Anxiety, vague and subterranean, began to encroach on me whenever I was in the library. At first I hardly realized what it was, only aware of a twinge of uneasiness in the pit of my stomach. But day after day it grew stronger, closing in around my neck, as did my sense of aimlessness and futility. I read without absorbing the meaning of the words. I would flip back and begin again at the last place I remembered reading, but after a while the sentences would dissolve again and I would go back to skidding obliviously across the blank pages, like those insects you find on the surface of stagnant water. I felt more and more unnerved and began to dread going to the library. I became anxious about becoming anxious. Entering the library, I began to panic. The fact that the panic was bound up in reading – the thing that had been at the center of my life for as long as I could remember, and which in the past had formed a bulwark against despair – made it especially difficult. I’d been sad often enough before, but I’d never felt this siege from within, as if my own being had developed an allergy to itself. At night I lay awake feeling that even as I lay still there, on some other level I was becoming further and further unbound.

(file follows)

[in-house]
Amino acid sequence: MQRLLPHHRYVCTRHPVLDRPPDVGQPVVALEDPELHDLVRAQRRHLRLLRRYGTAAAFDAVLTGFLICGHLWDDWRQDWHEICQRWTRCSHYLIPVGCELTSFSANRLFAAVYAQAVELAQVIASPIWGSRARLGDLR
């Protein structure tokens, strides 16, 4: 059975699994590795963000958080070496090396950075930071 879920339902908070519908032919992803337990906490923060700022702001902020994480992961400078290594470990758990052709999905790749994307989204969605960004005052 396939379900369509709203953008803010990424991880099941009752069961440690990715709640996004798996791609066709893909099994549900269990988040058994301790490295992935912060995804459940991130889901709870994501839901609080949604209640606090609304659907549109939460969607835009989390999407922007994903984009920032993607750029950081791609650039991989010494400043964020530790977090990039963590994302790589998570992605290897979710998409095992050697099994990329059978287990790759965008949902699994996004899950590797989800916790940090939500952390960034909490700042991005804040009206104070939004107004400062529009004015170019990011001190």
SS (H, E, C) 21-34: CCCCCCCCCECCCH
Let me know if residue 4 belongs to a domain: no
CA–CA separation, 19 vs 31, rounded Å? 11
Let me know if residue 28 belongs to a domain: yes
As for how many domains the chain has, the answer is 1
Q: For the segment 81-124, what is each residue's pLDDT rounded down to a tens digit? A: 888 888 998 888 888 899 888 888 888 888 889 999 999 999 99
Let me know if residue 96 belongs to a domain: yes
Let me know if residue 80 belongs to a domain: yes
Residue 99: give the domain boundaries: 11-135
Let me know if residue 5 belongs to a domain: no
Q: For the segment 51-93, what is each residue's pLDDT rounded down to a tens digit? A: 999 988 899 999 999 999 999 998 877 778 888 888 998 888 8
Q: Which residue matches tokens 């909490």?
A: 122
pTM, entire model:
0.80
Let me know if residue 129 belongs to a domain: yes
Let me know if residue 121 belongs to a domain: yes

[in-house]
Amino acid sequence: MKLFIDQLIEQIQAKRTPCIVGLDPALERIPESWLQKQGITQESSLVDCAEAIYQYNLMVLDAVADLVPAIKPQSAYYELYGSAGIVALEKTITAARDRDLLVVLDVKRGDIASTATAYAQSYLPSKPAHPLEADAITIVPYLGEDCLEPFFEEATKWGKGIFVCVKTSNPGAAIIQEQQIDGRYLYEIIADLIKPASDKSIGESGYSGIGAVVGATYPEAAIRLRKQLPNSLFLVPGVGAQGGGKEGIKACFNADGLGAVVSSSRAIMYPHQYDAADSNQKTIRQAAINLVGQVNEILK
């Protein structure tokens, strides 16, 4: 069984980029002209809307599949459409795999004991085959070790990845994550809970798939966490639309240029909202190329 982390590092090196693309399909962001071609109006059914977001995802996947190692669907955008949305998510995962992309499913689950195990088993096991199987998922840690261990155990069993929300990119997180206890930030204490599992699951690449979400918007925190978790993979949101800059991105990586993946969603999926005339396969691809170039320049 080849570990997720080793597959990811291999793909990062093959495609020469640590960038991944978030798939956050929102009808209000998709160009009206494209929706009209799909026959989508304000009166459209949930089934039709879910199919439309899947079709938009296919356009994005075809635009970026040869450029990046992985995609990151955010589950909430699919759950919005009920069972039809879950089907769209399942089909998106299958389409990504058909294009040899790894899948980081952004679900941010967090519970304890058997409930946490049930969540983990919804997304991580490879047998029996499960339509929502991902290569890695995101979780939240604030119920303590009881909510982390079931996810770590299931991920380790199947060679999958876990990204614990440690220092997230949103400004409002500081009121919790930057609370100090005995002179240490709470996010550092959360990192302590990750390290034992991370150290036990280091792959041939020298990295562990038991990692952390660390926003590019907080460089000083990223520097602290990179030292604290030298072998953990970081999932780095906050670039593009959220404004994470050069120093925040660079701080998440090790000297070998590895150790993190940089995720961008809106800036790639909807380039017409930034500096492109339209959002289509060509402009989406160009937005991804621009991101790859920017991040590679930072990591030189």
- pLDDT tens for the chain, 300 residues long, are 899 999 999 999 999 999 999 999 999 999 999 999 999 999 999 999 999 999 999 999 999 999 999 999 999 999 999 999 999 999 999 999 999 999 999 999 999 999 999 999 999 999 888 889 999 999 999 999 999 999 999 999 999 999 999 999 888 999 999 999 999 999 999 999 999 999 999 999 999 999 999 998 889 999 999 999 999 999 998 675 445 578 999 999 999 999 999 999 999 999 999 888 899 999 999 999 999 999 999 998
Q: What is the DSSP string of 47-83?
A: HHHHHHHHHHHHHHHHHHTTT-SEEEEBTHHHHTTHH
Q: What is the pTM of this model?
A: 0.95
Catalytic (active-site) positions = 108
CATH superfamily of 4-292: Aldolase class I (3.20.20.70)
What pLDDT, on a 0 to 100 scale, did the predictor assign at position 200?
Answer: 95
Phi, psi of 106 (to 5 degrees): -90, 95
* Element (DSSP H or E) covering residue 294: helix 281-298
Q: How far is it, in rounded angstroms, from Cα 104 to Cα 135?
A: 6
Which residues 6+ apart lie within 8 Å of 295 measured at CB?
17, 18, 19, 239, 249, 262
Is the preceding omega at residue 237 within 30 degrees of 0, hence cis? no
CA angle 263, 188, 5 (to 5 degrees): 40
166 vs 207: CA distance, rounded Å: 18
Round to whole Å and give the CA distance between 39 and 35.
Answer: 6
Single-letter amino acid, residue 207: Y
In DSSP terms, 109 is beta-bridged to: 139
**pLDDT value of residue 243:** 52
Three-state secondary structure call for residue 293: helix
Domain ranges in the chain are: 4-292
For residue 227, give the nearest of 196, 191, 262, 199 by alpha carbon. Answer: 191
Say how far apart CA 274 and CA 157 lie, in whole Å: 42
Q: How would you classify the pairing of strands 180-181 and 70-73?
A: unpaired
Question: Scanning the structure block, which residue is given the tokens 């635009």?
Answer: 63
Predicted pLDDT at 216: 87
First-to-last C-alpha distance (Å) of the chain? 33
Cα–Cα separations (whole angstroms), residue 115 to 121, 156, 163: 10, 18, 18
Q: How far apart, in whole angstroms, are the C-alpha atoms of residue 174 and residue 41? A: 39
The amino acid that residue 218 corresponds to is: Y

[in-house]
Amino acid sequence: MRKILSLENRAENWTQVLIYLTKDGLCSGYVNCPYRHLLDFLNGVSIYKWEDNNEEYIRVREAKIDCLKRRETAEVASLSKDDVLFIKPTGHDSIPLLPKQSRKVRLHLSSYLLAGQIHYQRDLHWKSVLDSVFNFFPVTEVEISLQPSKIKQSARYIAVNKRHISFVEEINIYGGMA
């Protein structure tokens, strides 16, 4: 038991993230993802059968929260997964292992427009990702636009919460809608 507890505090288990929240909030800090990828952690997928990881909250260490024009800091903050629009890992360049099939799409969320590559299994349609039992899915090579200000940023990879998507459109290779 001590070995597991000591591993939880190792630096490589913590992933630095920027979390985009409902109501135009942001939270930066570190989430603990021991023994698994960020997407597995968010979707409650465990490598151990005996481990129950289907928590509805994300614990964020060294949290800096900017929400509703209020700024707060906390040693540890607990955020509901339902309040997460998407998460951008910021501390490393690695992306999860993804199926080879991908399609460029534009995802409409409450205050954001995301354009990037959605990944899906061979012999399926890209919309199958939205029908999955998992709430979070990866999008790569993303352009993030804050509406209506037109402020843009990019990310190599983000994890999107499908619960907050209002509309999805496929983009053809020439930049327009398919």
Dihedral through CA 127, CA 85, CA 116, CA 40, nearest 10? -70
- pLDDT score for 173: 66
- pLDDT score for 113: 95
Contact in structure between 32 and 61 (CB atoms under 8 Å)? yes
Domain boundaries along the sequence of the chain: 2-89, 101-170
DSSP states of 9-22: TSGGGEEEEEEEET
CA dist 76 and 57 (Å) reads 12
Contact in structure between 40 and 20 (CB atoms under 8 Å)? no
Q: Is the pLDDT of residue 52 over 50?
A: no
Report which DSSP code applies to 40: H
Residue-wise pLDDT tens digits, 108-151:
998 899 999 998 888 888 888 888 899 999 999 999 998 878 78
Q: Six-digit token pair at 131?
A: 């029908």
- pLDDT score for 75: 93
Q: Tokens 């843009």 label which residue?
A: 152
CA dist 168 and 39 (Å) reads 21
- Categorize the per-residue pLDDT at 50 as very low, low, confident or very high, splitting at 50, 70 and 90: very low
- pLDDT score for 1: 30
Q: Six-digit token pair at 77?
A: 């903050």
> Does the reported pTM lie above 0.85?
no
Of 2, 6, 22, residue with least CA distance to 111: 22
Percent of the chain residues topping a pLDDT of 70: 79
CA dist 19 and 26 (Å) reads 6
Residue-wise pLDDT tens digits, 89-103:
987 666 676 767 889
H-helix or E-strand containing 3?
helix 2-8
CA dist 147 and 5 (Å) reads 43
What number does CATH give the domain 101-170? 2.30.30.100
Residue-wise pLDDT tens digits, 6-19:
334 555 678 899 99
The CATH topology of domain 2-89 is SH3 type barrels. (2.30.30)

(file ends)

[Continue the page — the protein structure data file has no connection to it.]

Great House, Nicole Krauss, p. 127-8

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